Other posts by YC Wee

8 Responses

  1. Luckily the collapse didn’t hurt anyone. Trees can be replanted; do not despair. See it as an opportunity to start something new and attract new types of fauna! Perhaps the age of the palms was a factor in causing their collapse? I notice also that the trunk of the palm that collapsed onto the road has a lot of lichen on it. “When lichen is prevalent on palms and other plants, it is a symptom of low plant vigor.” [Source: Maybe the palm was already ailing, so it would have died sooner or later.

    P.S. What are the white doves above called?

  2. Have just replaced the old palms with Lipstick Palms, those attractive palms with reddish leaf bases. They will take time to grow and flower.. and fruits. Yes, give me an opportunity to study the birds and other fauna that will visit.

    Lichens appear as the palms age. They just grow on the trunk surface and cause no harm. It would appear that the base of the palm rotted, causing it to collapse under strong wind.

    The doves are Pied Imperial Pigeons.

  3. Thanks for the info YC! Good to see the site back up! Eager to see what your new flora will attract and how it will settle in your garden among the existing plants – please update as things progress.

    Any idea why the base of the palm rotted? Does this occur with age? What is the lifespan of most palms?

    Along this line, I notice that most rain trees on our roads are now quite old. Many now cause falling-branch problems. And a lot of casuarina trees have also been removed (and are no longer planted) because of the tendency to shed branches as well. Maybe a post can be done on the common trees of Singapore?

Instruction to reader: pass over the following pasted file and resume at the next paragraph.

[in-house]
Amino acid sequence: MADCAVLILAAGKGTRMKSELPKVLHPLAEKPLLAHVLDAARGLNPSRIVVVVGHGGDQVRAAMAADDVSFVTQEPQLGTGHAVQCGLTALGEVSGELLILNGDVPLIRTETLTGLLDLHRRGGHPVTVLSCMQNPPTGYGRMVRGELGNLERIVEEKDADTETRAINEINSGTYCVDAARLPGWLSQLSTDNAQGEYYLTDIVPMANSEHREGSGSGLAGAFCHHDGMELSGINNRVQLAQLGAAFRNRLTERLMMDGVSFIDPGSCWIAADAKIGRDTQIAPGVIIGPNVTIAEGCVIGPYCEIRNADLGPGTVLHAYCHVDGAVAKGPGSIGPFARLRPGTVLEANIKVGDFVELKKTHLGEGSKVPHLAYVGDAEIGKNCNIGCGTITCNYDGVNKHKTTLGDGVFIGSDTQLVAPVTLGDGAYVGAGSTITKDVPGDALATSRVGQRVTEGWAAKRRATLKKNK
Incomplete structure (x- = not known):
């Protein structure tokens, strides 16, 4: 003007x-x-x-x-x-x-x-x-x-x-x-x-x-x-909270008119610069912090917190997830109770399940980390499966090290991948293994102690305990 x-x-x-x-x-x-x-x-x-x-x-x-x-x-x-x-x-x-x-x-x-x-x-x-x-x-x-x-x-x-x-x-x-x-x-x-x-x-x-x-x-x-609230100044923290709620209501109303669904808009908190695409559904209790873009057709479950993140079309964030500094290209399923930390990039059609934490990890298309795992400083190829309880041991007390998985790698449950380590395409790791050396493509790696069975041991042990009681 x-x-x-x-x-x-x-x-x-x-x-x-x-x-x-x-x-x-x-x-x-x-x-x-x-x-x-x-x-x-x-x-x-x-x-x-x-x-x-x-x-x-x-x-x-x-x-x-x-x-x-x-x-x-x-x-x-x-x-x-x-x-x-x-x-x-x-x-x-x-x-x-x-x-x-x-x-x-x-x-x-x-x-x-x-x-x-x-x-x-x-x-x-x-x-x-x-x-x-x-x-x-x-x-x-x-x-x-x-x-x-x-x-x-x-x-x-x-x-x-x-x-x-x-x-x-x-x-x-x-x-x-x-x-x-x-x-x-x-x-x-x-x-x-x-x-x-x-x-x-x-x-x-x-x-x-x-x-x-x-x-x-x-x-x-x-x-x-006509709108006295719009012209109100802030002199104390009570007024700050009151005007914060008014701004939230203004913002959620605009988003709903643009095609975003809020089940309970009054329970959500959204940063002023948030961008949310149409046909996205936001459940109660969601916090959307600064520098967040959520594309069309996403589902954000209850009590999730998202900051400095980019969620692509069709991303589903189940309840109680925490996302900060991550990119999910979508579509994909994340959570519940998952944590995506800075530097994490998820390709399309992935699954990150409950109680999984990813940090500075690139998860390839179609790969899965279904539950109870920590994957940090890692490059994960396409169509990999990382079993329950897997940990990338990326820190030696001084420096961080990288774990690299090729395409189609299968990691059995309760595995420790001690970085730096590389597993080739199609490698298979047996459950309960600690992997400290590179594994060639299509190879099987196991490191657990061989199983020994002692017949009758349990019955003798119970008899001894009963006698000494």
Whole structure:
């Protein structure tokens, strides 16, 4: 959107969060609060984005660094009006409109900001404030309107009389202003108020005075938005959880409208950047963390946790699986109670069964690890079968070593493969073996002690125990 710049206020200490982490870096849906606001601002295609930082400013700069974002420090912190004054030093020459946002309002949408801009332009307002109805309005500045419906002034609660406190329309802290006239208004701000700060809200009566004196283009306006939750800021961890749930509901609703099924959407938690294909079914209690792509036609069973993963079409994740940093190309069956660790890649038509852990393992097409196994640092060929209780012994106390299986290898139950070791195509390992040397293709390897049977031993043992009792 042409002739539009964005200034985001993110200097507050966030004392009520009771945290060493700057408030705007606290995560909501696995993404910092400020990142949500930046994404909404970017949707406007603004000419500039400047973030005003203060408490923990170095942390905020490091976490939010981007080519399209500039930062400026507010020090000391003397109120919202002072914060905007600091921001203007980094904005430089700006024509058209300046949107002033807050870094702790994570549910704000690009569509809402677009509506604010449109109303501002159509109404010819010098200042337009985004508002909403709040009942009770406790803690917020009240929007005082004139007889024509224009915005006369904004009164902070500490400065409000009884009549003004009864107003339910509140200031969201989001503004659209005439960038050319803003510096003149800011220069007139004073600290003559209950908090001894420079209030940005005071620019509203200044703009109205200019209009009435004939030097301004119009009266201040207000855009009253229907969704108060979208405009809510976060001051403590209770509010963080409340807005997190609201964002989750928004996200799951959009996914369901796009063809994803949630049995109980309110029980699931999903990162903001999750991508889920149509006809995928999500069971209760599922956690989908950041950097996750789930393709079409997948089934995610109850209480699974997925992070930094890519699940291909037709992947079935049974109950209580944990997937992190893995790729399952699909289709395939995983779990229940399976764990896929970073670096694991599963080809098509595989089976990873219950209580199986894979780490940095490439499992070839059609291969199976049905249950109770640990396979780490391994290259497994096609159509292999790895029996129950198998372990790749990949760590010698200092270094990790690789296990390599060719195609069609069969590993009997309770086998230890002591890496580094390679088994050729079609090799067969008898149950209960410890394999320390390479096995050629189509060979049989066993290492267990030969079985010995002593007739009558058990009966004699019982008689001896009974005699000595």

I also notice that angsana trees are no longer being planted as well. Any idea why this is so? Also realised that we have quite a number of mango trees, especially in or along HDB estates.

  4. I have no idea at all why the palm rotted at the base, although age must have contributed to it. As to how long palms last, have not the foggiest.

    Angsana was first planted during Singapore’s early years as it gave excellent shade. But then as more and more were planted a disease suddenly appeared that nearly wiped them out. Decades later, with the ability to provide “instant trees” by rooting thick stems and transplanting them where needed to provide shade to new roads, etc., they became popular once again. But these instant trees were unstable, in the absence of a deep tap root, and collapsed during storms. So angsana became unpopular once again…

    The story continues with other species when something or others made them undesirable…

  5. Very interesting! Did not know that! Given your expertise in plants I hope to see more articles on them. 🙂 (Also, I must thank you again for your excellent advice on getting firecracker plants to attract sunbirds – now a pair of male & female sunbirds visit my balcony every day without fail!)

  6. After so many years of plants, birds and other aspects of nature provide new challenges that I find refreshing. I can provide plant perspectives when dealing with birds. Good to know that you have company who, eventually may decide to build their nest around your plants.